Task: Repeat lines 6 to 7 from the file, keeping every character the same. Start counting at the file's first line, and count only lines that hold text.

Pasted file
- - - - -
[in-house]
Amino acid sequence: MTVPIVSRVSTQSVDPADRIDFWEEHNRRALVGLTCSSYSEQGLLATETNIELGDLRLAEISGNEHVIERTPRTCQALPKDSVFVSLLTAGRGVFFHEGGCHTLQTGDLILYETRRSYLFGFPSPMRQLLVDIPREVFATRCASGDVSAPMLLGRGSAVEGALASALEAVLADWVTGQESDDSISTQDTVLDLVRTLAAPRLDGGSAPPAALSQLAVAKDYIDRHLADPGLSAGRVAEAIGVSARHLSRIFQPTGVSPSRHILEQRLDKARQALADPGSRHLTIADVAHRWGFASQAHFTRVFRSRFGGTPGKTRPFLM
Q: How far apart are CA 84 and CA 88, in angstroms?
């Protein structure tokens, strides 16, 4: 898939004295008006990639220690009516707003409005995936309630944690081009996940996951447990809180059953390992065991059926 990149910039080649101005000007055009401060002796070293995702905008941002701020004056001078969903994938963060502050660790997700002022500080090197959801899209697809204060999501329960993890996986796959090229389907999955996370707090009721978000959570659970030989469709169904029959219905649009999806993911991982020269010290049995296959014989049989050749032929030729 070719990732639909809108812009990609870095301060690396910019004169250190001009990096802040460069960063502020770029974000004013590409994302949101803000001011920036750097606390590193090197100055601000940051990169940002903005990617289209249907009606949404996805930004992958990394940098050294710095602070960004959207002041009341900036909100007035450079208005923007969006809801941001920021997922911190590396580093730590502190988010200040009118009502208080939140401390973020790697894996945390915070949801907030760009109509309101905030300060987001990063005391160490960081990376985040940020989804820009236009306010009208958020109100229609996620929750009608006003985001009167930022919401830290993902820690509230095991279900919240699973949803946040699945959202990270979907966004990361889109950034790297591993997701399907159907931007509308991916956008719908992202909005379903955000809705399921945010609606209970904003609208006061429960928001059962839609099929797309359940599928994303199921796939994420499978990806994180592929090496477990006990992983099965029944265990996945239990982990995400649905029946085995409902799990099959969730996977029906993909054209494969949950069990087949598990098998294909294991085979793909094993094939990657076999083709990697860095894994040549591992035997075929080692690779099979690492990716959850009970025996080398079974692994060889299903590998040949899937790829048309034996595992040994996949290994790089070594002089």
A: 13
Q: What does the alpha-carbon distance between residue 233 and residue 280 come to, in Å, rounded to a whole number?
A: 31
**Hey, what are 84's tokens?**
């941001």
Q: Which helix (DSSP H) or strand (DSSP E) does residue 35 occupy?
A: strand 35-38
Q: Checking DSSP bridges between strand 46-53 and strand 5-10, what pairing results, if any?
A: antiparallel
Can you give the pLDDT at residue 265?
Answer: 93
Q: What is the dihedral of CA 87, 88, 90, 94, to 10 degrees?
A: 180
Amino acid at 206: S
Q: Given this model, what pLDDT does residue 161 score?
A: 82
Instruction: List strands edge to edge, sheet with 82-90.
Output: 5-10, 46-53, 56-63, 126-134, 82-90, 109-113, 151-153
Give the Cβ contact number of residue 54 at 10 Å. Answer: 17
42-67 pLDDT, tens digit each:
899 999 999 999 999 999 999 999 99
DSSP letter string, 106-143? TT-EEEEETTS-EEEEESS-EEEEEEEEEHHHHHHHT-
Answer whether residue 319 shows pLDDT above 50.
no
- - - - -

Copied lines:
Q: What does the alpha-carbon distance between residue 233 and residue 280 come to, in Å, rounded to a whole number?
A: 31